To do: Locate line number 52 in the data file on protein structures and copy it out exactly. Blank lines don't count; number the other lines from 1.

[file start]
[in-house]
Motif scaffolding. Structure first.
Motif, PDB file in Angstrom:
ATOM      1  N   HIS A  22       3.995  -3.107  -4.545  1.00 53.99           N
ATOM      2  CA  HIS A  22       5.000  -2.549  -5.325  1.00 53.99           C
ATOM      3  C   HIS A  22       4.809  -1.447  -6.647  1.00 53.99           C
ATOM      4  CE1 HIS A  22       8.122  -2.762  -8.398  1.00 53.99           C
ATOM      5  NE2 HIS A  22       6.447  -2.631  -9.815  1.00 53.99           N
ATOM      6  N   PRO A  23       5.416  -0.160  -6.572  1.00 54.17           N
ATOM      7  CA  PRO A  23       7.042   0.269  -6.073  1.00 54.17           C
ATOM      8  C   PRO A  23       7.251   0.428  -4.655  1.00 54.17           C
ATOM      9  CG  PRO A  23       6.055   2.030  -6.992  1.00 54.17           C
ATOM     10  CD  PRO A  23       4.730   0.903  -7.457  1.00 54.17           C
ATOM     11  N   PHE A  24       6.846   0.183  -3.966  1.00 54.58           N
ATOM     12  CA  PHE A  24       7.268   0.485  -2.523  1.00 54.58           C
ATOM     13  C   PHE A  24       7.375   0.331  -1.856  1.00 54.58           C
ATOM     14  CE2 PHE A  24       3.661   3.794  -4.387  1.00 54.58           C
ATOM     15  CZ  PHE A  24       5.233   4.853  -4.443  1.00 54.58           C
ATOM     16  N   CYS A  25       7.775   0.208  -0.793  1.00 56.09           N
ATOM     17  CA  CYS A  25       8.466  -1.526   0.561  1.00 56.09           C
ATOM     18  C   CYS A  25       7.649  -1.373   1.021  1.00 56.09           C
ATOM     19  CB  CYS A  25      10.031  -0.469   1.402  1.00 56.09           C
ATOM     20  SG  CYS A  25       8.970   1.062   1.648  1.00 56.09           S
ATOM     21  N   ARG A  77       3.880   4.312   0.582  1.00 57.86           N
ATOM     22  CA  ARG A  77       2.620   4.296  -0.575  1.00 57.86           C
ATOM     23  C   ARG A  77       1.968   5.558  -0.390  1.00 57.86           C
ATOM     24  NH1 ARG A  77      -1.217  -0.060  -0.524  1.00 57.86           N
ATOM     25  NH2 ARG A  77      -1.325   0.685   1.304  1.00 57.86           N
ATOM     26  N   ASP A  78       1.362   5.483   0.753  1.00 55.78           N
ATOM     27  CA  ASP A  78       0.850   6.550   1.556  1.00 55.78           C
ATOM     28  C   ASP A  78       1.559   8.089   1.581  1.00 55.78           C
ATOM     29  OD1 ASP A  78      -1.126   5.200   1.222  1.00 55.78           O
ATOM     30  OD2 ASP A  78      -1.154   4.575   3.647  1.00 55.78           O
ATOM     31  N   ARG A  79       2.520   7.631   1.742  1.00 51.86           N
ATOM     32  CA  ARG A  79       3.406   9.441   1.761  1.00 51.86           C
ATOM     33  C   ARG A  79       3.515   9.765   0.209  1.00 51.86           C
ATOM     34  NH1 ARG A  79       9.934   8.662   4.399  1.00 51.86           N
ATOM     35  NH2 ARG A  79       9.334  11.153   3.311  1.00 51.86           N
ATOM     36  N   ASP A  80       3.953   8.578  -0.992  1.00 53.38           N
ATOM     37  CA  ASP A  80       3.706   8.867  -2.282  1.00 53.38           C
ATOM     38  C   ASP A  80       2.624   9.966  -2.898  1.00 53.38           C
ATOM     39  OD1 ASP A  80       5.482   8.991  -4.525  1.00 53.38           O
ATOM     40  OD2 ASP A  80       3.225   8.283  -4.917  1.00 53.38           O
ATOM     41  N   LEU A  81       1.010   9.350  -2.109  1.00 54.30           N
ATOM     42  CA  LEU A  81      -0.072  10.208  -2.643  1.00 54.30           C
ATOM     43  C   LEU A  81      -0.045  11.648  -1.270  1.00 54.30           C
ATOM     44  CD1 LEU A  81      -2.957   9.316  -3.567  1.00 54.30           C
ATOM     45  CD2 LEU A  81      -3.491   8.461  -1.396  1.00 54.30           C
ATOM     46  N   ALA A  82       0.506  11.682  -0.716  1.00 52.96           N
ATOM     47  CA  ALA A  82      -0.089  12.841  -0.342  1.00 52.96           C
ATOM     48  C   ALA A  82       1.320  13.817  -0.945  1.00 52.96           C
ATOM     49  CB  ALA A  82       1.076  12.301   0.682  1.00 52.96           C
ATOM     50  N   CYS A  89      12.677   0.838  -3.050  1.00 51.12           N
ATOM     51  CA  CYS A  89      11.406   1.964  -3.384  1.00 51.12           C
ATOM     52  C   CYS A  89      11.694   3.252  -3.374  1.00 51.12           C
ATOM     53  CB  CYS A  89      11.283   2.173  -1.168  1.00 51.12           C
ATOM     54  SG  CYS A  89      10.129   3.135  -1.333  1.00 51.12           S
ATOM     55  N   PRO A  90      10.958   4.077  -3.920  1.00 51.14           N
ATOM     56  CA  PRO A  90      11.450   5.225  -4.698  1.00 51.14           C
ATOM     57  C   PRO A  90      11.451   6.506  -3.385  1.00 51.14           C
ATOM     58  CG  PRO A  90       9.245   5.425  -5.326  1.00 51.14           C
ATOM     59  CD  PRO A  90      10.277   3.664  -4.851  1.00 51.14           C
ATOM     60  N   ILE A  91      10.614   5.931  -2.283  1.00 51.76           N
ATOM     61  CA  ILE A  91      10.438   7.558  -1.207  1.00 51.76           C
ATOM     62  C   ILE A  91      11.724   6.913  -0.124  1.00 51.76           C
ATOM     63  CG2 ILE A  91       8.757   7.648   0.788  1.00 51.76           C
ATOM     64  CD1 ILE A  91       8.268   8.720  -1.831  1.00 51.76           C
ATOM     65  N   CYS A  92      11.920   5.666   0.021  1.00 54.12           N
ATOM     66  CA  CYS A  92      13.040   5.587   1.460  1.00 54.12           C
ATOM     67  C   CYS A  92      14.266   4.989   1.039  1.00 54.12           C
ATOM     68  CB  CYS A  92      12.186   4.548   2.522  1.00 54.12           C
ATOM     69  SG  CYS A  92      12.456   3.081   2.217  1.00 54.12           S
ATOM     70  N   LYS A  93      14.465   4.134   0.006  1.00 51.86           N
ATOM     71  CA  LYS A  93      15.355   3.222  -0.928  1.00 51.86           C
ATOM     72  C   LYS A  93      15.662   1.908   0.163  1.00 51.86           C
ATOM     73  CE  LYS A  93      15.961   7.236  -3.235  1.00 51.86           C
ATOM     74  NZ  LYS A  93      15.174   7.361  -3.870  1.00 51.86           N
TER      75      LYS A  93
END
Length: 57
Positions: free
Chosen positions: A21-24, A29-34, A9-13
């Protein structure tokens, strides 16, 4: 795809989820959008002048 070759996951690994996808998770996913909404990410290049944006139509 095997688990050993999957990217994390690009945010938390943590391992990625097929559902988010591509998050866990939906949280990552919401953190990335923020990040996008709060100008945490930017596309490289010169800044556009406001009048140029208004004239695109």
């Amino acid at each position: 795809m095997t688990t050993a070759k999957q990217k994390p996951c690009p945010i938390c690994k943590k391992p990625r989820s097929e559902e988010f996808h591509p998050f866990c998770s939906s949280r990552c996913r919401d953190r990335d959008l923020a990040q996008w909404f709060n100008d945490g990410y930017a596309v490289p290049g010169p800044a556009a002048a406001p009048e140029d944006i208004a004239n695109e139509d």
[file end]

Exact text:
ATOM     49  CB  ALA A  82       1.076  12.301   0.682  1.00 52.96           C